A STUDY TO CORRELATE SKINFOLD THICKNESS AND CHEST EXPANSION IN OBESE ADOLESCENT BOYS AND GIRLS.
Brief Resume of the intended work: 6.1 NEED FOR THE STUDY: Childhood obesity is a global threat to health (WHO, 2007). Obesity is now a common childhood disease and is widely acknowledged as having become a global epidemic. Obesity increases the likelihood of various diseases, in addition, obese children are at high risk for adult obesity.1,2 The prevalence of overweight and obesity in India, is between 5.6% and 24% in children and adolescents.3 Physical changes in Adolescents:
Puberty is a dynamic period of development marked by rapid changes in body size, shape, and composition, all of which are sexually dimorphic. The onset of puberty corresponds to a skeletal (biological) age of 11 yrs in girls and 13 yrs in boys. On average, girls enter and complete each stage of puberty earlier than do boys. The timing and tempo of puberty vary widely, even among healthy children. Puberty is also a time of significant weight gain; 50% of adult body weight is gained during adolescence. The changes in the distribution of body fat (central compared with peripheral, subcutaneous compared with visceral, and upper compared with lower body) results in the typical android and gynoid patterns of fat distribution of the older adolescent and adult.4
Another change during puberty happens in how the body is proportioned. Before puberty the bodies of girls and boys are very similar. During puberty, muscle and fat tissue increase and are re-distributed.1)Both boys and girls have increased fat/muscle growth.2)Boys have a faster increase in muscle tissue, and girls have a faster increase in fat tissue.3)For girls, fat moves from middle to the upper and lower body giving them a curvier appearance. 4)By the end of puberty, boys have 1.5 times as much muscle as girls. The muscle to fat ratio at the end of puberty is 3:1 in boys and 5:4 in girls.4,5 Relation of Lung Function in Obese:
Obesity has a profound effect on physiology of breathing. The pattern of body fat distribution may influence the effect of obesity on lung function. It is generally believed that the upper body obesity carries a higher risk of cardiovascular and
metabolic disease than the lower body obesity.6
Obese children have more respiratory symptoms than normal weight peer-groups and respiratory related pathology increases with increasing weight.7 The primary reason is due to a decrease in chest wall compliance associated with the obese individuals accumulation of fat in and around the ribs, diaphragm and the abdomen. Total respiratory compliance is markedly reduced by recumbence in the obese individuals compared with non-obese individuals. This reduction is almost entirely due to the decreased compliance of the chest wall , although it may also be due to an increase in respiratory resistance.6 One possible mechanism is a mechanical limitation of chest expansion during the forced vital capacity. Increased abdominal mass may impede the descent of the diaphragm and increase the thoracic pressure. Also, abdominal adiposity is likely to reduce expiratory reserve volume (ERV) by compressing the lungs and the diaphragm.3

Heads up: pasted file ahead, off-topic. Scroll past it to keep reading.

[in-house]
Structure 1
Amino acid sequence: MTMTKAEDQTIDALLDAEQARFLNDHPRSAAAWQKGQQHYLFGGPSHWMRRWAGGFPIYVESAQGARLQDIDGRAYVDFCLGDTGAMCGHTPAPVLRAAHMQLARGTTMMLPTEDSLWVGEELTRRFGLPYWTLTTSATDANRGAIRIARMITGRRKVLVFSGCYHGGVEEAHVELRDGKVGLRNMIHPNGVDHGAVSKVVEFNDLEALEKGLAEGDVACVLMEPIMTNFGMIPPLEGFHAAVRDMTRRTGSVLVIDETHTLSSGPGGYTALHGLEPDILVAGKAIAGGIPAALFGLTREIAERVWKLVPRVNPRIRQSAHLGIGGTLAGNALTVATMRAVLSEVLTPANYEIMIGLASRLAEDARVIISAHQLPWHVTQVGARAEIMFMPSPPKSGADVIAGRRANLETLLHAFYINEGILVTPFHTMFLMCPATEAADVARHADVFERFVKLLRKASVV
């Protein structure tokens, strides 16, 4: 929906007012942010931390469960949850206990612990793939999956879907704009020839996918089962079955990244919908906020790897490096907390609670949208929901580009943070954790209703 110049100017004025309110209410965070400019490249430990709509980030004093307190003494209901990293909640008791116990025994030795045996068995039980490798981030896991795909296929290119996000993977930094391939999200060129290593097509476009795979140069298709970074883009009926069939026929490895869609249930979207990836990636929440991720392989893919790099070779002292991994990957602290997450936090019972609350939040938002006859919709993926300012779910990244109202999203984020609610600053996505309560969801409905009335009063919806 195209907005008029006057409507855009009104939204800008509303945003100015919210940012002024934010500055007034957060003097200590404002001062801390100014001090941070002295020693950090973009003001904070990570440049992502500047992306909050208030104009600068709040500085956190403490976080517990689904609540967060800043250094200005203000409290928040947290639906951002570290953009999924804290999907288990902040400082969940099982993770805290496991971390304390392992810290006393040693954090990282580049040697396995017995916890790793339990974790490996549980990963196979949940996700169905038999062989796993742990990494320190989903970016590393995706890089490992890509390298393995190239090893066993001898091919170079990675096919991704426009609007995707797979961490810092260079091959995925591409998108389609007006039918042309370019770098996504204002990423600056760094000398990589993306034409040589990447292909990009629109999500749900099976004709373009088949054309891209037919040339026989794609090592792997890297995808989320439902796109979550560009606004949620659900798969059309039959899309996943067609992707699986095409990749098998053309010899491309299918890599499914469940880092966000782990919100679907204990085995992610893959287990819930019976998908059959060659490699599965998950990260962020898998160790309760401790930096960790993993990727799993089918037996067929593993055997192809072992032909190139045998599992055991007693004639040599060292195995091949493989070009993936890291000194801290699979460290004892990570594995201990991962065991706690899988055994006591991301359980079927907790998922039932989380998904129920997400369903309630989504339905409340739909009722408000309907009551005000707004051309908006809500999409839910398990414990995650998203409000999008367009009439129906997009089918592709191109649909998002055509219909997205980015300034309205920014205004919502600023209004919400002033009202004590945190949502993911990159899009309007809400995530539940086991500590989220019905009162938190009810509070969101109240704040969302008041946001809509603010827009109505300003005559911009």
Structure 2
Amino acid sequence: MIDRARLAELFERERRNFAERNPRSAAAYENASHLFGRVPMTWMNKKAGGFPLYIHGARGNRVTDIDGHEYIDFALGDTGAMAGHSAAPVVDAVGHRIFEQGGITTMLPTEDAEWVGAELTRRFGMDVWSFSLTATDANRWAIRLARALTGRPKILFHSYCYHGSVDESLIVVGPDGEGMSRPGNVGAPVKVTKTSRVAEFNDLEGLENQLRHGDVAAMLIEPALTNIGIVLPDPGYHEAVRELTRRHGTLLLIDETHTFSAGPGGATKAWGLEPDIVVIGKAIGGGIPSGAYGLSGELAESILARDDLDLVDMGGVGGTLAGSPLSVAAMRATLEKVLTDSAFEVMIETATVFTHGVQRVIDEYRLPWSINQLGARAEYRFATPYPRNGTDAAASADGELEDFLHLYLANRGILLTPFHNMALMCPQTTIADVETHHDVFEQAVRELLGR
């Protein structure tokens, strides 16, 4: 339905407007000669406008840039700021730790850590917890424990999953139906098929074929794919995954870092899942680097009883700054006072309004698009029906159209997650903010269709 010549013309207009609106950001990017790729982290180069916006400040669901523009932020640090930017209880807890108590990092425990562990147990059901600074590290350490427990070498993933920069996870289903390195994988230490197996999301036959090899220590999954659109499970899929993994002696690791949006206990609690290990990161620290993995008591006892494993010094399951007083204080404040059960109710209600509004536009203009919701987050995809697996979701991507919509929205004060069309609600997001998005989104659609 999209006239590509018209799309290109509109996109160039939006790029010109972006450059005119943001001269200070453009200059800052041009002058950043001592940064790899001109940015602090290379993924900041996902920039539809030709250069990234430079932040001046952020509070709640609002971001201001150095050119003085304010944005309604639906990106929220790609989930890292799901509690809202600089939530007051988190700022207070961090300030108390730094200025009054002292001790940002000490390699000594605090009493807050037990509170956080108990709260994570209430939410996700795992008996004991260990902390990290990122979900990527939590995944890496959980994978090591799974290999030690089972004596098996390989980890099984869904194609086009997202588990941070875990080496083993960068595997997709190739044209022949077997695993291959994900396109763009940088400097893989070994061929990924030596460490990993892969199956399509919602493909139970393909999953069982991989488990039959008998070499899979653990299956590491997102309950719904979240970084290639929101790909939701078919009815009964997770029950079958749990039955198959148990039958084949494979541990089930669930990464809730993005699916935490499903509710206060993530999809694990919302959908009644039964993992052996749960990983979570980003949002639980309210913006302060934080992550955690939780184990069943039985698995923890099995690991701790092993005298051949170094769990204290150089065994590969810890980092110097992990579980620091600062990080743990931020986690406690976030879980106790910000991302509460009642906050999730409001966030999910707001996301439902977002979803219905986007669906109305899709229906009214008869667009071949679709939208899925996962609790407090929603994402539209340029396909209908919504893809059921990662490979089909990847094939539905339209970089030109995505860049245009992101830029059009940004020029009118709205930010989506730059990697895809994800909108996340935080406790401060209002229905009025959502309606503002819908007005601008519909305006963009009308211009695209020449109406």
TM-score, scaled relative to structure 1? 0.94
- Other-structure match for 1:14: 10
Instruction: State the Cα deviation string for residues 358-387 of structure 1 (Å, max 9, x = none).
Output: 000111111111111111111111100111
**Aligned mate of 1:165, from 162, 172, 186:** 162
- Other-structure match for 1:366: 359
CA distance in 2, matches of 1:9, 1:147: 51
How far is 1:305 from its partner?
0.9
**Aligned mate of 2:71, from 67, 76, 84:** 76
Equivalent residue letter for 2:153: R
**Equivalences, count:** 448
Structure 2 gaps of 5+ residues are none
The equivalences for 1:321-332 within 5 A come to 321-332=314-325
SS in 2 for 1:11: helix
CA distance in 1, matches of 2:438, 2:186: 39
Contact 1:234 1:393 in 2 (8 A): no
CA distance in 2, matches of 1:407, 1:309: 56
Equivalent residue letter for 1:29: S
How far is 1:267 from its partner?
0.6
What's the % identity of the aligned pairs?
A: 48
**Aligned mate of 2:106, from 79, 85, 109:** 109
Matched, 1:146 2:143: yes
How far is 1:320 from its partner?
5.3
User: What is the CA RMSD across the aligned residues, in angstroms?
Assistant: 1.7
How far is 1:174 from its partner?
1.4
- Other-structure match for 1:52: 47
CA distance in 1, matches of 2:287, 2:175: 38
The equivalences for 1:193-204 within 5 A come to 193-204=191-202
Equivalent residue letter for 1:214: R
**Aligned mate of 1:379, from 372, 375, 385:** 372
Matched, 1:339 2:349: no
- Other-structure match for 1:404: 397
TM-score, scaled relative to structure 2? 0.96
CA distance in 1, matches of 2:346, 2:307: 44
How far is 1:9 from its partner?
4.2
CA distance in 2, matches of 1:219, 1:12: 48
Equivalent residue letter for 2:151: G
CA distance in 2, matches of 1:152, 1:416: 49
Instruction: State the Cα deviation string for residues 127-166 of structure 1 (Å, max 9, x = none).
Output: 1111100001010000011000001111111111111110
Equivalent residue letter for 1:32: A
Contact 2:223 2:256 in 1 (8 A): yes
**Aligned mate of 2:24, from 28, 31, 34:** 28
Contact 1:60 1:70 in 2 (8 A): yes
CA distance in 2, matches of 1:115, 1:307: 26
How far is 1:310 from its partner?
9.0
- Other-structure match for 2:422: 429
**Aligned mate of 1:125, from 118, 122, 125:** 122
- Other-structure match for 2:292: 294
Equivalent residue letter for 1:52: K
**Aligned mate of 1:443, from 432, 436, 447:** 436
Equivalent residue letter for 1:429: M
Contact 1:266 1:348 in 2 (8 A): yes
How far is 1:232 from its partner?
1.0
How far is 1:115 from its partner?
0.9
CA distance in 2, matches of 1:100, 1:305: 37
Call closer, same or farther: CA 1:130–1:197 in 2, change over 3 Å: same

Body mass index (BMI) is generally agreed to be the most appropriate proxy measure for defining and diagnosing childhood obesity and overweight. In childhood, because body fat and muscle mass alter with age and differ between the sexes, BMI is meaningful only when it is plotted correctly on age- and sex-specific BMI centile charts.1,2 The 95th percentile of BMI is used to define obesity in children and adolescents.8
Skinfold thickness evaluation is used as a valid anthropometric indicator of regional body fatness. Its evaluation, due to its low cost and non-invasive procedure, is one of the most widely used anthropometric methods for assessment of nutritional status during growth and the maturation period.9
Chest Expansion using inch tape is a method that is in-expensive, straight forward, and appropriate for use in both clinical and non-clinical settings. It is a highly reliable method to measure Thoracic excursion.10 Therefore, the need for the study is to correlate skinfold thickness with chest expansion in obese adolescent boys and girls.
6.2 Review of Literature:
Swapnil J. Paralikar et al., (2012) have assessed lung functions in adolescent obese boys and determined the predominant lung function impairement is associated with obesity in adolescence.3
Serap Semiz et al., (2008), have done a study to evaluate the clinical significance of body fat distribution in childhood obesity and investigated the associations of subcutaneous and intra-abdominal fat. They have come to a conclusion that the abdominal subcutaneous fat thickness might be a better predictor of the risk for hyper insulinemia in childhood obesity.10
Susan E. Bockenhauer et al., (2007) have assessed the reliability of using the cloth tape measure technique for chest expansion and concluded that using inch tape for chest expansion is reliable to evaluate lung function.11
MC Gulliford et al., (2001) have evaluated the distribution of body mass index (BMI) and skinfold thickness in children and concluded that there is a relation between obesity and skinfold thickness.12
6.3 OBJECTIVES OF THE STUDY:
To measure the skinfold thickness of subscapularis and the abdominals using skinfold calliper in mm in adolescents.
To measure the chest expansion using inch tape in cms in adolescents.
3. To find the correlation between skinfold thickness and chest expansion in adolescents.
There is a correlation between skinfold thickness and chest expansion in obese adolescent boys and girls.
Null hypothesis :
There is no correlation between skinfold thickness and chest expansion in obese adolescent boys and girls.
METHOD OF COLLECTION OF DATA: 7.1 SOURCE OF DATA:
Students will be selected from schools in and around Bangalore.
7.2 METHOD OF COLLECTING DATA:
120 Students are selected.
7.2.1 STUDY DESIGN:
7.2.2 DURATION OF STUDY:
7.2.3 STATISTICAL TOOLS:
The data collected will be analyzed using Spearman’s Rank Order Correlational Coefficient and Anova.
7.2.4 SAMPLE SIZE:
Sample size is 120.
7.2.5 SAMPLING METHOD:
The sample size will be 120 subjects from school, out of which 60 are obese and the rest 60 are age-matched control group.
CRITERIA FOR SELECTION: INCLUSION CRITERIA:
BMI greater than or equal to 95th percentile.13